While flying back from Germany this summer, this picture was in the Lufthansa magazine:
The July 18th "Daily Stoic" reading was based on Marcus Arelious Meditations, 8.56.
It is pretty challenging --
"The foundation of a free country is that your freedom to swing your fist ends where someone else's nose begins. That is, someone else is free to do what they like until it interferes with your physical body and space. This saying can work as a great personal philosophy as well.
"But living that way will require two important assumptions. First, you ought to live your own life in such a way that it doesn't negatively impose on others. Second, you have to be open-minded and accepting enough to let others do the same.
"Can you do that? Even when you really, really disagree with the choices they're making? Can you understand that their life is their business and your is your own? And that you've got plenty to wrestle with yourself without bothering anyone else?"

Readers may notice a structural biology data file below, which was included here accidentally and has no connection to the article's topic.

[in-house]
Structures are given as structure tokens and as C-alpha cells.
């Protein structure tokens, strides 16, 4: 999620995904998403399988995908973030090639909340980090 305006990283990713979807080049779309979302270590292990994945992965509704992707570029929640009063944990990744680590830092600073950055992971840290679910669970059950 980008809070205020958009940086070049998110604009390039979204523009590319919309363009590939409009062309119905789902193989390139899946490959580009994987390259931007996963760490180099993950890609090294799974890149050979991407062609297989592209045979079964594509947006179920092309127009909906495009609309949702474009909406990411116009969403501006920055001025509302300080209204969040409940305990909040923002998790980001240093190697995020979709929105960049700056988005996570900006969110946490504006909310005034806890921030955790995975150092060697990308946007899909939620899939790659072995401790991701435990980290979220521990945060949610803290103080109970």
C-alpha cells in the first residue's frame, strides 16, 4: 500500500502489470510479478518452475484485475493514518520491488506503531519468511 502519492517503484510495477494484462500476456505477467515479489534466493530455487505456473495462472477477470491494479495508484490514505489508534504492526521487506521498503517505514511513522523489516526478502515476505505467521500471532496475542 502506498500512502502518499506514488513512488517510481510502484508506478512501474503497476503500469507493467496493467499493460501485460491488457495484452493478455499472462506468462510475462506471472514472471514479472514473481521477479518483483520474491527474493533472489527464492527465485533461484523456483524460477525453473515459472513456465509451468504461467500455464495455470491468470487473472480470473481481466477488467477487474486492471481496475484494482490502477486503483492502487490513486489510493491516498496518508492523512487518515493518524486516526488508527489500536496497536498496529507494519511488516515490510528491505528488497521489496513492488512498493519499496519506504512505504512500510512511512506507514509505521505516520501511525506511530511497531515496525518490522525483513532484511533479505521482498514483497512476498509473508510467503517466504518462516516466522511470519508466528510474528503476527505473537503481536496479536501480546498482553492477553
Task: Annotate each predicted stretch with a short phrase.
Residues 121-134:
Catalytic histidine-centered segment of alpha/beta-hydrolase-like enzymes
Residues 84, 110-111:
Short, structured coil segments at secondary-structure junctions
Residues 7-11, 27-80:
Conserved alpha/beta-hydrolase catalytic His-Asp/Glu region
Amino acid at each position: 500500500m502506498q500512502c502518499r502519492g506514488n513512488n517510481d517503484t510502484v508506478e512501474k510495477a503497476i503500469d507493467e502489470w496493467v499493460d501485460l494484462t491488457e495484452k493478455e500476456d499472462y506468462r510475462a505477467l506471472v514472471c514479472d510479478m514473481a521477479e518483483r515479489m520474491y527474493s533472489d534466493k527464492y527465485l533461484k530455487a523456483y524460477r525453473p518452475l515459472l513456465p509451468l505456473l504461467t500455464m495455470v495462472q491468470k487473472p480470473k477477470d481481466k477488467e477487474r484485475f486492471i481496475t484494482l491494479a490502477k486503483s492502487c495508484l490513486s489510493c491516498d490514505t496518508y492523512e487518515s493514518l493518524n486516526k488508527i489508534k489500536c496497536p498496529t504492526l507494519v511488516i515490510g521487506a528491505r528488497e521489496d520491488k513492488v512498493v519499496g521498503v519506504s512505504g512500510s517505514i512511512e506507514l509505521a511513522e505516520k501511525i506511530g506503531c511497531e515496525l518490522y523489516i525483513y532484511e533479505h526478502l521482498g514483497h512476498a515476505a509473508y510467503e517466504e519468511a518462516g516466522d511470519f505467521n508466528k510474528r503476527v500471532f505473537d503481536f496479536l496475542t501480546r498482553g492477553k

And the area around our Airbnb -- known as Les Bateaux -- was very amazing. It was a short walk down to the beach. There was a WWII Jeep parked at the bottom.
Our first thing to do in Normandy was to visit to the Overload Museum. This is a great museum. Easy to access, tons of good info, and a large amount of physical hardware from both the Allies perspective and from the Germans.
Then we went to the Omaha Museum. I liked this museum a lot as it had a lot of personal items like all the types of firearms, uniforms, etc. There was also a good video documentary that they shared in their theater.